Wednesday, February 4, 2009

House Fire Of 2007

I had - well I wrote the day the house burned down from the hotel I was staying in. I had all of that stuff on my JS journal - it's all gone - whoosh, buh-bye.

It was a Sunday morning. At the time, Anthony was living with me as well as Michael and of course my son from Friday to Monday. Things - concerning Anthony - were much better than. He hadn't copped the huge attitude and wasn't doing drugs, though I figure he was probably smoking the dope.

Anyway, I had rented a Rug Doctor the day before and was trying to get the carpets finished in my old house before the time frame for having that machine elapsed and I had to take it back to Fry's. I was busy getting the living room done, when Anthony came strolling out. Now, I may not remember everything to exact detail as I had written it that day.

Reason being because that day is basically a blur in my memory. I remember the things that happened - but it was such a mind-blowing event and the hugeness of what was going on - never thought I would ever have to go through something like that.

Anthony said to me: "Ben, there's smoke in your bedroom". I couldn't possibly fathom why there would be smoke in there. I walked back there and opened the door. The smoke was so thick, you could barely see anything in the room. I did not see any fire at that point, but it was obvious something bad was going on and I wanted everyone out of the house immediately. Told Anthony to get out, and then started banging on the bathroom door loudly and impatiently, yelling at Michael - who was in the shower, to get out, and get out NOW!! He didn't understand what was going on, I just kept banging and yelling to get out of the shower immediately - the house is on fire, get out.

The word fire got Michael moving to the point he only put on a pair of pants, burst open the bathroom door and I was basically pushing him down the hallway. This was an old mobile home, and if know the structure and composite of those things, they burn FAST when they catch on fire. You don't have time to do anything, just get out of it and save your life. Once I knew all the humans were out, I started looking for dogs. I couldn't find Comet and I couldn't find the Rottweiler I had just acquired, but I did find Coco, grabbed all 3 leashes, put her on one and then ran out of the house. Don't remember who I handed Coco to, but - I ran back in the house to see what was going on in the bedroom. Oh, I forgot, as soon as I walked in the bedroom and saw smoke, I immediately called 911 and demanded the fire department to get here NOW!!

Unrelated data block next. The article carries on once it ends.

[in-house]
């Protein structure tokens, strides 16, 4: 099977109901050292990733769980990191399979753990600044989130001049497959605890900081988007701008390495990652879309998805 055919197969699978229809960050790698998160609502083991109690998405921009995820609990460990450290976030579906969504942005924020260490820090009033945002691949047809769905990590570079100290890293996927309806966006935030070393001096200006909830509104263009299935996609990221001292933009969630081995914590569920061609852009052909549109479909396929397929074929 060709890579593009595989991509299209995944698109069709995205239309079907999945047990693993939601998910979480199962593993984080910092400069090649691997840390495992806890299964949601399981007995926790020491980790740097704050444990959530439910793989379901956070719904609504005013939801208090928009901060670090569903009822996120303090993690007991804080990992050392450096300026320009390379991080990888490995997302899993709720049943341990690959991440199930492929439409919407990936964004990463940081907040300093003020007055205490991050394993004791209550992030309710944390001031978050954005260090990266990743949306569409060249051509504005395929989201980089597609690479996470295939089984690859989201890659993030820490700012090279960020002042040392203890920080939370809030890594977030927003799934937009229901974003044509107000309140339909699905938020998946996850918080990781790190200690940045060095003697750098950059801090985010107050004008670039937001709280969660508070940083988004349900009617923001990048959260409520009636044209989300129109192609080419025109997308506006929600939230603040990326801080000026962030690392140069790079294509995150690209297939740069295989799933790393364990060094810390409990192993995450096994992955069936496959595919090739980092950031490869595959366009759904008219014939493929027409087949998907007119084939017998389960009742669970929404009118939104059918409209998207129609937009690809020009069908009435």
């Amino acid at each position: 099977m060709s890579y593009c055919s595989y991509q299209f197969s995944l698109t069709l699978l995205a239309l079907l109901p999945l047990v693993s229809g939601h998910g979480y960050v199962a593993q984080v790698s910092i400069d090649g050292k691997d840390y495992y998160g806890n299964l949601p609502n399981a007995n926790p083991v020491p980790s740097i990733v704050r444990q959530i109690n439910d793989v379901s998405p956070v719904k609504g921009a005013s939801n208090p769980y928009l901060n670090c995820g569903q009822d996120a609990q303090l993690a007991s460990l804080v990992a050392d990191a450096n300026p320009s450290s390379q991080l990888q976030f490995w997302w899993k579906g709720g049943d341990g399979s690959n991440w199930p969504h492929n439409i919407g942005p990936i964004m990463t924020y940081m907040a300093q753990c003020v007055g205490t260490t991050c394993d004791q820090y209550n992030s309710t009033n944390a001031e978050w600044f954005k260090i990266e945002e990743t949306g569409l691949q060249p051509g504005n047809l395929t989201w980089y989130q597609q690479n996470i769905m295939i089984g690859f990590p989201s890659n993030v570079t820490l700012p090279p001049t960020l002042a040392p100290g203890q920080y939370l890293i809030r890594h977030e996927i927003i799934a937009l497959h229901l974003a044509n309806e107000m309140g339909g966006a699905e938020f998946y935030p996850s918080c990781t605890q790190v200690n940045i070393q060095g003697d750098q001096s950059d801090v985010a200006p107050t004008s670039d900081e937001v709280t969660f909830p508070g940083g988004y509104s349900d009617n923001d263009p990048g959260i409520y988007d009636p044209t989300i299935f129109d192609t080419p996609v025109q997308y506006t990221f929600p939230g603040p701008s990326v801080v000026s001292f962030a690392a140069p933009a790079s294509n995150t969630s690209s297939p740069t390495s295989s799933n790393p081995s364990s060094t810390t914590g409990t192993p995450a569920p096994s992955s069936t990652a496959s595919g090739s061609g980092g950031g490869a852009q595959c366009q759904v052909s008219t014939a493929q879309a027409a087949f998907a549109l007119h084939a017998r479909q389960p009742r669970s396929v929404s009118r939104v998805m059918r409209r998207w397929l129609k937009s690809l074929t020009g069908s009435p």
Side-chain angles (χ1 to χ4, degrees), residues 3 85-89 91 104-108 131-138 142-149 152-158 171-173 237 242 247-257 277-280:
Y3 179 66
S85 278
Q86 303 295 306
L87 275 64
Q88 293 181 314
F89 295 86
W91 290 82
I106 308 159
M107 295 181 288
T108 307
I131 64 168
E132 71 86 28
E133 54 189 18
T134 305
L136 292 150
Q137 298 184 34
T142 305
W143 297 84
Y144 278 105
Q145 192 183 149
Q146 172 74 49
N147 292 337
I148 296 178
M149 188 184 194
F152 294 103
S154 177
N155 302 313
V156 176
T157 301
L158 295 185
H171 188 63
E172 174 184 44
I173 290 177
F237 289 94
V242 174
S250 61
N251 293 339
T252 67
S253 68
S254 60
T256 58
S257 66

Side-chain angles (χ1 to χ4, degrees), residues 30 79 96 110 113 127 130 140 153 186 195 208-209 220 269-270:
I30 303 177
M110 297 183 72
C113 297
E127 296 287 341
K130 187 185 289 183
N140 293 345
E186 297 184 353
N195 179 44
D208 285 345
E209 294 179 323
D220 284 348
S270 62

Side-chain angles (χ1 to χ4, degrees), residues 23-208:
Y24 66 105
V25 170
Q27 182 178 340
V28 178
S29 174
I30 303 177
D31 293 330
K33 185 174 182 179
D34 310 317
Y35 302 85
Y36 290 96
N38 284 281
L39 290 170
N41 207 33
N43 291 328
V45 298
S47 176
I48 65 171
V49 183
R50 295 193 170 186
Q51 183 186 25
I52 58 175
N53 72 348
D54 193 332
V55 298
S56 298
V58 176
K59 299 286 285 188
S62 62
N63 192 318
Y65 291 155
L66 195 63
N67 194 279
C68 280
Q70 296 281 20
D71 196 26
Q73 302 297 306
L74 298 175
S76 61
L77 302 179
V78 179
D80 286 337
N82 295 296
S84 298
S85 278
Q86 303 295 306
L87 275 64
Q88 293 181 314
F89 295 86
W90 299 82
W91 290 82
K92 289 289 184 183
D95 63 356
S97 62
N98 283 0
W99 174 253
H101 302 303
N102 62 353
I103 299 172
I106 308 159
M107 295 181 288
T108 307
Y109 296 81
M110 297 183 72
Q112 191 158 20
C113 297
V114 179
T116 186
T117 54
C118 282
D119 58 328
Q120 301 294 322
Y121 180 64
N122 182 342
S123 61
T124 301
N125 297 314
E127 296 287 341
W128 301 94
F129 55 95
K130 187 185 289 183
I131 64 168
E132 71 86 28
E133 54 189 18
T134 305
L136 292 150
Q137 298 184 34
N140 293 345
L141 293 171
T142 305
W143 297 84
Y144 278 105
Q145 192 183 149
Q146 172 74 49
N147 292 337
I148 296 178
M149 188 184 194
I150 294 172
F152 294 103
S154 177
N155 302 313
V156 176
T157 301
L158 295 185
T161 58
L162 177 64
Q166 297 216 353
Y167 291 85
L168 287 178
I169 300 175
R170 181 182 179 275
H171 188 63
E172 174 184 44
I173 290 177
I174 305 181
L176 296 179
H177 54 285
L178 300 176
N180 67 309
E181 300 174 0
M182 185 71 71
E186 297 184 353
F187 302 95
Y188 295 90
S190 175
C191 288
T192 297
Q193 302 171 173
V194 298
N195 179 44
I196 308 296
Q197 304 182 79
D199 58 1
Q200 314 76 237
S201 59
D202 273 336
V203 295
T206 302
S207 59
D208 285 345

When I got back to the bedroom, I had plans of saving a few things - things handed down from my ancestors that could not be replaced. No such thing ever happened. As soon as I started walking into the bedroom, one of the walls literally burst open with flames. The instant heat from that intense fire that had been building inside of the walls pushed me back down the hallway. If only I had had a little more time, I could have got a garden hose in there and probably have snuffed the fire before it got to that point. Everything I have written that occured up to this point happened VERY quickly.

I wasn't going to die for an old house that needed to be razed, anyway, or even the thought of losing the things that were so valuable to me, I was fortunate that even in that state of mind, reason took over and told me that trying to save things - and getting burned or killed while doing it - simply wasn't worth it.

It was the middle of July, it was over 110 degrees that day. I did another sweep for the dogs, couldn't find either of the other 2, gave up on it cause the house was filling with smoke, and went outside.

I want to note something before going on with this story. On a normal Sunday, my son and Michael were sharing a bed and would have been sleeping in that bed at that time of day. That bed was RIGHT where the fire burst out of the walls. IF my son and Michael had been sleeping, as they ALWAYS were on Sundays at that time of day, and IF they hadn't woken up in the smoke or the heat in the walls - they would have either died or had been seriously burned. It just so happened that my son left early to go with his mother to church and Michael apparently had wakened when my son left and decided to take a shower. I personally don't believe it chance, I'm a Believer and I know that God had intervened in this situation.